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Public Speaking - The Essential Skill
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How Would You Feel?Views: 1028
Oct 24, 2007 8:17 pmHow Would You Feel?#

Mitch Mitchell
I just got back from speaking at a national conference, as one of the keynote presenters.

When the company that booked me had initially contacted me, they gave me this big number of people who usually come to their conferences, and I was juiced. I was to do 2 1/2 hours, so I created the program, then spent a week and a half practicing it so that it could come in around 2 hours and 15 minutes, with time left for conversation.

Once there, things weren't quite what they'd told me they would be. When it was time for my presentation, there were only 14 people who showed up. I was somewhat crushed, and, as it turned out, they attendance at this conference was drastically reduced, per the organizers, but what is a person to do?

I gave myself 5 minutes to be disappointed, then determined I was going to get in there and give them the best I could give them. And that's what I did, even though the organizers made a drastic mistake and served food while I was in the middle of my presentation, which meant that, for a short while, I was speaking just to hear myself speak. Still, I plowed through, and my presentation ended in exactly 2 1/2 hours.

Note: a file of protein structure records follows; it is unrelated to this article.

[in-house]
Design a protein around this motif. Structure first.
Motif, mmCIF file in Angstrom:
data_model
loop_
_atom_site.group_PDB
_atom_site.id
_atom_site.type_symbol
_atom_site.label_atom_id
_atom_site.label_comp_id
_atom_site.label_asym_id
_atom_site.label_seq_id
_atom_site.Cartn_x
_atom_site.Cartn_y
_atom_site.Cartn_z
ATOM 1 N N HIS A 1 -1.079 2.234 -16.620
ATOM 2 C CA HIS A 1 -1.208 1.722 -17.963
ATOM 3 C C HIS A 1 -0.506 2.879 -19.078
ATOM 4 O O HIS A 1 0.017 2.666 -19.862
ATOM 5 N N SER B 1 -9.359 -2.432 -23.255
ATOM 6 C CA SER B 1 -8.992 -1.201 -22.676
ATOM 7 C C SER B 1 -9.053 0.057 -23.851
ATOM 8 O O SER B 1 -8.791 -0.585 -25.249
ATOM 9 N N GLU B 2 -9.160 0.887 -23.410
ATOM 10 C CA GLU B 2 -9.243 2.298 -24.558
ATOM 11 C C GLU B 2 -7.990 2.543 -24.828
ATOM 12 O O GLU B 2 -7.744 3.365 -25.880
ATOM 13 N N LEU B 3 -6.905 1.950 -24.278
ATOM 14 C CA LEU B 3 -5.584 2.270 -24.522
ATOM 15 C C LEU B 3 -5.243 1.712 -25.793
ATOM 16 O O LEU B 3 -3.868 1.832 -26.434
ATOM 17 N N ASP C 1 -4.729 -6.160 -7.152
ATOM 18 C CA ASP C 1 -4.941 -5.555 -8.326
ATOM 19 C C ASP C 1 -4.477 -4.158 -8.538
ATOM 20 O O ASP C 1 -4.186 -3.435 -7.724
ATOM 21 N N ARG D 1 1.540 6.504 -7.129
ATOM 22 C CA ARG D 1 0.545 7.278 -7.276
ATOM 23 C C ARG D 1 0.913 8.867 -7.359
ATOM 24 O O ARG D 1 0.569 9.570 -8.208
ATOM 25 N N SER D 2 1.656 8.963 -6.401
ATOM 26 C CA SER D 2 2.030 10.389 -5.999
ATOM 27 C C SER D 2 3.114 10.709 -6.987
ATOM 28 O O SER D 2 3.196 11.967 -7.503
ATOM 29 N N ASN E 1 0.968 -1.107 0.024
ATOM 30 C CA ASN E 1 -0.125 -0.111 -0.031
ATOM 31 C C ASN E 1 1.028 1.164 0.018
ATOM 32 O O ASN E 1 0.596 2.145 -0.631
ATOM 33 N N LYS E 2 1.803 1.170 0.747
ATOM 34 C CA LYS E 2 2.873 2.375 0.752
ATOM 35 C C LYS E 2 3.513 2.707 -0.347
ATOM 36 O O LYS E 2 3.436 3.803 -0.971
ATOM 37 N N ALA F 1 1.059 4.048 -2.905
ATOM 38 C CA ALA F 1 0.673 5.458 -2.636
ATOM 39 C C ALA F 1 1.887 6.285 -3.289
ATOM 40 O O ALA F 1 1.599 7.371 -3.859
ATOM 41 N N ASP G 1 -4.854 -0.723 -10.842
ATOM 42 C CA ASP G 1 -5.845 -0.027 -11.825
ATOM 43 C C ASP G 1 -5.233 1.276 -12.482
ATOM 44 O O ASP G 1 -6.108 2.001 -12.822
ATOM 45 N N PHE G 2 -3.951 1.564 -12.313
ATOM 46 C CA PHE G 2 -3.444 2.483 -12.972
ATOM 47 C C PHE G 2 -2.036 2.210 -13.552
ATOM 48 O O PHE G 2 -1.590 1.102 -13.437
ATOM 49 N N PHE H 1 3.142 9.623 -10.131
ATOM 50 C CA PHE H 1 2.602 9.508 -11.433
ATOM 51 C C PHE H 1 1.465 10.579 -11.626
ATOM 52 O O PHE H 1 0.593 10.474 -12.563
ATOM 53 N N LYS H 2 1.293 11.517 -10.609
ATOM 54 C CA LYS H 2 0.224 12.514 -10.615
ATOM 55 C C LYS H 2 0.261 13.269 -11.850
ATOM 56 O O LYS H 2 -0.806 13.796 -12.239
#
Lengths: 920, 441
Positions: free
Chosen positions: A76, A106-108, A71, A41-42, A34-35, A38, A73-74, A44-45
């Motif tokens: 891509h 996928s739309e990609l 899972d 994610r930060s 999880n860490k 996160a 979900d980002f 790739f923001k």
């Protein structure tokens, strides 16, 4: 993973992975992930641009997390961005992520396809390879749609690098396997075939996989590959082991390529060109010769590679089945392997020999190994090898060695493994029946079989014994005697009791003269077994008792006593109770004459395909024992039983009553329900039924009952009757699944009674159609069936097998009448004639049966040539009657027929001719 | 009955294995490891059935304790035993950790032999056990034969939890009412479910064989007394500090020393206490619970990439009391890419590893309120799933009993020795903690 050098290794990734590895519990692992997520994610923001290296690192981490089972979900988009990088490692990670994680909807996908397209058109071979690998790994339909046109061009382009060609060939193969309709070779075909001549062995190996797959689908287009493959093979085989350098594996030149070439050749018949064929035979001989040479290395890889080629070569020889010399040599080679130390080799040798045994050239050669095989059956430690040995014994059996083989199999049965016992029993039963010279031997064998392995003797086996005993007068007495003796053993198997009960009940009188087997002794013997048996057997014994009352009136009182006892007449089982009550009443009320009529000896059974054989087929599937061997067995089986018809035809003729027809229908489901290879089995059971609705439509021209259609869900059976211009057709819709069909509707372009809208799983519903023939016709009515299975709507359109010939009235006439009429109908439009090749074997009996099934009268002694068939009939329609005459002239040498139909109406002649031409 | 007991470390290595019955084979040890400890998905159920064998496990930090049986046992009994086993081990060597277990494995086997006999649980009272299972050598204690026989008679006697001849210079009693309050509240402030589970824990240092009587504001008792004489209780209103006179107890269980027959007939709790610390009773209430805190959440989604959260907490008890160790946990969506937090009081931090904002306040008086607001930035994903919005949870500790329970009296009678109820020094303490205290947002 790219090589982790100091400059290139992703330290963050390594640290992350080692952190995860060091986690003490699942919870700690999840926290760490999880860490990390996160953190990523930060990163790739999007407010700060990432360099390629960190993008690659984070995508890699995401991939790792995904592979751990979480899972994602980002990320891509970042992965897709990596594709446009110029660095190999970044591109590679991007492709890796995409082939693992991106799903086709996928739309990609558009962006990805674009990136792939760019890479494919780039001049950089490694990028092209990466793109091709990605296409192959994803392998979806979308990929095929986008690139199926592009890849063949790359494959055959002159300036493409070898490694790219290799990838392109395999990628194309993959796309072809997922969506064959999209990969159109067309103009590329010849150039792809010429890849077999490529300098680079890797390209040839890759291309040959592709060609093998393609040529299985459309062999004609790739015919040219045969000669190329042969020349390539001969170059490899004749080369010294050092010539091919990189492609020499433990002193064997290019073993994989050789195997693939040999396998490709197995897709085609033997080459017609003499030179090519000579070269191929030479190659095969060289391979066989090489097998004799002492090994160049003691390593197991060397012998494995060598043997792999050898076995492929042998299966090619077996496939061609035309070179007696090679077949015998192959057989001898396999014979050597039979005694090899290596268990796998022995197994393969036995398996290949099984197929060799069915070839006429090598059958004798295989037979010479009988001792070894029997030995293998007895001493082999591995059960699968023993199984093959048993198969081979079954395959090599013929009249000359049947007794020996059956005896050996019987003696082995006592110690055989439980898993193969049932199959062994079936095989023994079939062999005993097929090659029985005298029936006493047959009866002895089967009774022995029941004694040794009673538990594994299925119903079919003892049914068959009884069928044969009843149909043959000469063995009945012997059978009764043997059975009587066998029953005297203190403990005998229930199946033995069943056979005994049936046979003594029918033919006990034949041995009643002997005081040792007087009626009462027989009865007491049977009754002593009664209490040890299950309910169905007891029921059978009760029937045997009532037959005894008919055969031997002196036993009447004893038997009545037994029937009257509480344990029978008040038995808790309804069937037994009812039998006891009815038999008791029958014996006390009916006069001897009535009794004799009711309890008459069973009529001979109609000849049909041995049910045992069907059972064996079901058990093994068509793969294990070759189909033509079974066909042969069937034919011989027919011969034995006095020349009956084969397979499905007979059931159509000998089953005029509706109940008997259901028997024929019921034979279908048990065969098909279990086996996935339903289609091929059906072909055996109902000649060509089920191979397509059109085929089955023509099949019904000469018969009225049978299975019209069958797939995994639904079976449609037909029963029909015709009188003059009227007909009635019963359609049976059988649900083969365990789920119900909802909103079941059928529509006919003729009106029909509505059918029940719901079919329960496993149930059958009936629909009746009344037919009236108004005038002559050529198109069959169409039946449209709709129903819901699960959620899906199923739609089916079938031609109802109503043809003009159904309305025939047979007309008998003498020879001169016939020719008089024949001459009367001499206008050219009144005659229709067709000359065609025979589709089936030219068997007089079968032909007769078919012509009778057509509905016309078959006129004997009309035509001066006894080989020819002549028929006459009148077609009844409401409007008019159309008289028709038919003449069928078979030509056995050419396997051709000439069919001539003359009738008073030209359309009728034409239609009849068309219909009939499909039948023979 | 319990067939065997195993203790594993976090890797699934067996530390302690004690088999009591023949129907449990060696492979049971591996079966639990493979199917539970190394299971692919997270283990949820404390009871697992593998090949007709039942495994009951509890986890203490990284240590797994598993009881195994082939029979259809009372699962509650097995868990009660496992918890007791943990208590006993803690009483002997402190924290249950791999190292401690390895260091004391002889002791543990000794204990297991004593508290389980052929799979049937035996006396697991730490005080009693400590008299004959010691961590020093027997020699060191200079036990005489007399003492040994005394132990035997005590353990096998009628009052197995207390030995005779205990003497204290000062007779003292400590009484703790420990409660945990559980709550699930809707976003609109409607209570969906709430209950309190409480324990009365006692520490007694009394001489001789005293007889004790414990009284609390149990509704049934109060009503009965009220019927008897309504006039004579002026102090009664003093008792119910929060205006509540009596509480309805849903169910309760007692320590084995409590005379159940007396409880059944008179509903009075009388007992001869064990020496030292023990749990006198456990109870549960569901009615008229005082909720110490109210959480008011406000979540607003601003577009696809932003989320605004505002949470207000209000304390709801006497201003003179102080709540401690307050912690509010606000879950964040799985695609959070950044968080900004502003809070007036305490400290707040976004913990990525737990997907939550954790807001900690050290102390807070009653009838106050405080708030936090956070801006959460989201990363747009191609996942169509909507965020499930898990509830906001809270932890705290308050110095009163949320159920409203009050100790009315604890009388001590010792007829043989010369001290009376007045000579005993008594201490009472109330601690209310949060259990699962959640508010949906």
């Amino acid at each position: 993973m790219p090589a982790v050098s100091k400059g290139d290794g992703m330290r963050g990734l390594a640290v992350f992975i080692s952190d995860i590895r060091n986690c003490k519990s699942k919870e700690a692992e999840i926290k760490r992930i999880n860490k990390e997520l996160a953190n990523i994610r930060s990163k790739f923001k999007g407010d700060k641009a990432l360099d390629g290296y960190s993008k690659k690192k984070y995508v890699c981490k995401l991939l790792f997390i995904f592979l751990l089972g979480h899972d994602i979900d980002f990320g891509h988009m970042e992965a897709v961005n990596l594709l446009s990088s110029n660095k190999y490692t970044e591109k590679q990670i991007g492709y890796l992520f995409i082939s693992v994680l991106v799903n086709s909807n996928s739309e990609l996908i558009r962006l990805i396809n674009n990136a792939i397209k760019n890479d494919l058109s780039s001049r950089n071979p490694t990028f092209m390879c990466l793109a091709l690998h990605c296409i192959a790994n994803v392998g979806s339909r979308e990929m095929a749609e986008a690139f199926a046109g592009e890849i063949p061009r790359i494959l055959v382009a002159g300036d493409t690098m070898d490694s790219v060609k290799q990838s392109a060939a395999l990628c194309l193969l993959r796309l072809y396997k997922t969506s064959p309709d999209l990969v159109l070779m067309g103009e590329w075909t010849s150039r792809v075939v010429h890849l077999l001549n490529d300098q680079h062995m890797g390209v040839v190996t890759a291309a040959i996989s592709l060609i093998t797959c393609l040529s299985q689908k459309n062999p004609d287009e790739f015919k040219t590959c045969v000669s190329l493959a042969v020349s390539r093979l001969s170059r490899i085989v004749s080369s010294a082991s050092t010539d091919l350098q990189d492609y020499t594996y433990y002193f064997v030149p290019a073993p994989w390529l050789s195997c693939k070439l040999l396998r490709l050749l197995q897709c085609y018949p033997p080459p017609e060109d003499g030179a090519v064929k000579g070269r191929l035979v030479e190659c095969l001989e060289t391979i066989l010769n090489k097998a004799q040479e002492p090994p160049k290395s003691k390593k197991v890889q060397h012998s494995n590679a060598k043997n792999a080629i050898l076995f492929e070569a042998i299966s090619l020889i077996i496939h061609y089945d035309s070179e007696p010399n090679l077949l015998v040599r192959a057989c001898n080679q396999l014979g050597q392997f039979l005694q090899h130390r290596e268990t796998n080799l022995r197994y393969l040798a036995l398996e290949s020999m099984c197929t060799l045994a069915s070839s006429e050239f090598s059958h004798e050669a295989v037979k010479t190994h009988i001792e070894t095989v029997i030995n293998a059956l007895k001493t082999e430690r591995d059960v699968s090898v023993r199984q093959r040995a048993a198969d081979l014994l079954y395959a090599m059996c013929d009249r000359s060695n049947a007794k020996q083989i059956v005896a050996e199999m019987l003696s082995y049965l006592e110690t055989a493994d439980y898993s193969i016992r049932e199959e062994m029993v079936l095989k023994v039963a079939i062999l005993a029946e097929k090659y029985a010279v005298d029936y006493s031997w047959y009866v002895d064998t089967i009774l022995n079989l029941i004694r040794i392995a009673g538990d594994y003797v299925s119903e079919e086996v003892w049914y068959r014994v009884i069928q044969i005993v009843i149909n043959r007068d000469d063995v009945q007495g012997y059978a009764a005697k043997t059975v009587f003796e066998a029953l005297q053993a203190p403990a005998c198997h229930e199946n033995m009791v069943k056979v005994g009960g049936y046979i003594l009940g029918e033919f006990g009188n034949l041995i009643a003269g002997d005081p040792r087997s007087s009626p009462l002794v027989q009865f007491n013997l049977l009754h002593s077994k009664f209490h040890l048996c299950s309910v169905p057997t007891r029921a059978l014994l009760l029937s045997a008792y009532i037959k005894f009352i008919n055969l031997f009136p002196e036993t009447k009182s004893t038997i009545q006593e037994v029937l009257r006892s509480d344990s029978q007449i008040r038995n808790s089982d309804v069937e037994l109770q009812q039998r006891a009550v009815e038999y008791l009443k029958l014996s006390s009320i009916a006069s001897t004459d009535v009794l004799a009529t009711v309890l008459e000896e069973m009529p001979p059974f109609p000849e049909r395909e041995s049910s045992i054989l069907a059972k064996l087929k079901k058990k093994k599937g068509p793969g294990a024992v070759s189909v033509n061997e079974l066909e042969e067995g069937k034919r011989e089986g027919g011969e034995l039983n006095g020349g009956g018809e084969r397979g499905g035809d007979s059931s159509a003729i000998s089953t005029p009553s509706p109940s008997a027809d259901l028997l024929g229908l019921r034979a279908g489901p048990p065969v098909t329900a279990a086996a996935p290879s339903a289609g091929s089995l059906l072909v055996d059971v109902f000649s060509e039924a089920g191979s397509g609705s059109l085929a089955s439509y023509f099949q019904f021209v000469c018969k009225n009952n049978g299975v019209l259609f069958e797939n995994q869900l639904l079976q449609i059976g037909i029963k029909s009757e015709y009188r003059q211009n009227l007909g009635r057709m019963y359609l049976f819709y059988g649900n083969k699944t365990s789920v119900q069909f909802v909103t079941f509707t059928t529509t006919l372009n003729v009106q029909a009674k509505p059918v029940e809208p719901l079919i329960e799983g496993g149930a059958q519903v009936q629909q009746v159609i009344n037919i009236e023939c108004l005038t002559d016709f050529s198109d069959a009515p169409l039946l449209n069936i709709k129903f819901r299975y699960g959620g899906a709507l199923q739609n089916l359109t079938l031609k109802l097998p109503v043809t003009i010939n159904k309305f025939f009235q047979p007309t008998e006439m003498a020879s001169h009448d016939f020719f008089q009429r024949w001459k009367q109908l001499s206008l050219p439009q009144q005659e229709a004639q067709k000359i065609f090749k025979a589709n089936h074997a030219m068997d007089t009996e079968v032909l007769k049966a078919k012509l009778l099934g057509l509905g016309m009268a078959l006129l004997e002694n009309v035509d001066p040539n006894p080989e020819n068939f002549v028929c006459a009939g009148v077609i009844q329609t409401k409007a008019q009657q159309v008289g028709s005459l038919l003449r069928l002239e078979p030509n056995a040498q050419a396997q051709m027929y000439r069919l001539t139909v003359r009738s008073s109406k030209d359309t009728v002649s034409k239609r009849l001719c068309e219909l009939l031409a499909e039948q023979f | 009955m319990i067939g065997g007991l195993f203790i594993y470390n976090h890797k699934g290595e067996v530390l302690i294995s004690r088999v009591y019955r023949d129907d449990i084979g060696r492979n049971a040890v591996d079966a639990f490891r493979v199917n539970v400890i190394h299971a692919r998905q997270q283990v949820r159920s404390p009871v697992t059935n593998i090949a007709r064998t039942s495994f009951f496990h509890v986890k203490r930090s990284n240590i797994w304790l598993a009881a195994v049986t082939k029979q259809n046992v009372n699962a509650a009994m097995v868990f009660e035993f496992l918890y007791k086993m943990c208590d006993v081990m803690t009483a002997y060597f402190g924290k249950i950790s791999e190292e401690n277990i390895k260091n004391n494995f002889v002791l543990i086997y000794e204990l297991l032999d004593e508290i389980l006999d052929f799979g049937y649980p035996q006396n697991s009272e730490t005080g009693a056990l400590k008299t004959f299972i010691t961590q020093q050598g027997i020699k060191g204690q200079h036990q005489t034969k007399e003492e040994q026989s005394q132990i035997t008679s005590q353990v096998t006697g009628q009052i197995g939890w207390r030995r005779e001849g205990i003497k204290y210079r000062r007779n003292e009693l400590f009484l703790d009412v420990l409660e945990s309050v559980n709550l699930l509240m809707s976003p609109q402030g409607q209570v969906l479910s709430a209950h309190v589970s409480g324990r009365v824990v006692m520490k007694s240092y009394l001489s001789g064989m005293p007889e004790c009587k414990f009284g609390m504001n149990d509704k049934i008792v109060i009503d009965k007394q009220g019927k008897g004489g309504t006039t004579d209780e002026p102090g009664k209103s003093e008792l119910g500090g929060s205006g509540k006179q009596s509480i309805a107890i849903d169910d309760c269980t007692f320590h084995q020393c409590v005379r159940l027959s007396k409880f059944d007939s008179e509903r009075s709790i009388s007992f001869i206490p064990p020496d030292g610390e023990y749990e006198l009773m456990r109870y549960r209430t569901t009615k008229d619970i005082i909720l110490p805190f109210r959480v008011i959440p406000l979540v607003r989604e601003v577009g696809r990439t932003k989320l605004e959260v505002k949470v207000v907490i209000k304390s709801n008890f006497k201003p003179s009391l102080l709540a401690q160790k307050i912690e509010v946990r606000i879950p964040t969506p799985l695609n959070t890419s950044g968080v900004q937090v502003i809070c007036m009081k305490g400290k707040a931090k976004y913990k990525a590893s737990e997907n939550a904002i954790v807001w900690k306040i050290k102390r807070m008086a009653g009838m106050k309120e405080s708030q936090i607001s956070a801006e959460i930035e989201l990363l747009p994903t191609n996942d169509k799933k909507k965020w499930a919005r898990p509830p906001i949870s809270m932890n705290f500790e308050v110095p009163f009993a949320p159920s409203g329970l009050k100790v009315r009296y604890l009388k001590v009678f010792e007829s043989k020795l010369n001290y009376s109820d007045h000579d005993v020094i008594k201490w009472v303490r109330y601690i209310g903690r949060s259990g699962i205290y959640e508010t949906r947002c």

The organizers told me that the critiques coming in to them were pretty good; hey, we do what we do. Still, I consider myself a professional presenter, and, even though I was disappointed in the numbers, knew that if I didn't go in there and give my best, the notoriety would be much worse.

Still, it begs the question: how would you have reacted, or wanted to react? Oh yeah; I wasn't getting paid for this one either, as I figured the publicity might kick start my business dramatically. Not happening, unfortunately. But I did what I had to do.


Mitch Mitchell
T. T. Mitchell Consulting, Inc.
http://www.ttmitchellconsulting.com
http://www.servicesandstuff.com
http://www.seoxcellence.com
http://www.reviewsofeverything.info
http://www.ttmitchellconsulting.com/Mitchblog
Changing Attitudes and Perceptions for Unlimited Growth

Private Reply to Mitch Mitchell

Nov 04, 2007 10:26 pmre: How Would You Feel?#

Kevin Burns
Mitch,

Is it normal that you build a brand new presentation for each and every group you speak to? That's kind of what I read from your post. That's a huge investment of time to have the evaluations come back as "pretty good."

Hey stuff happens in a meeting. It sounds as though you weren't real clear about your requirements or expectations.

In my contract with clients it is real clear, no food, no coffee, no conference center staff floating about, no "U" shaped rooms. If any of that stuff happens, I will not present.

Your job, as I see it, is to teach. You can't do that if you don't have their attention. No distractions or you don't go on.

As for having 2 and a half hours of info, that's a lot of information. You have got to be able to allow yourself room to edit if things happen. If you had started late would you have run late or would you have edited?

It's almost impossible to edit content that you are presenting for the first time. I hope you're charging tens of thousands of dollars for sessions that are industry-specific. But you said you did it for nothing and that's exactly how THEY treated its value: nothing.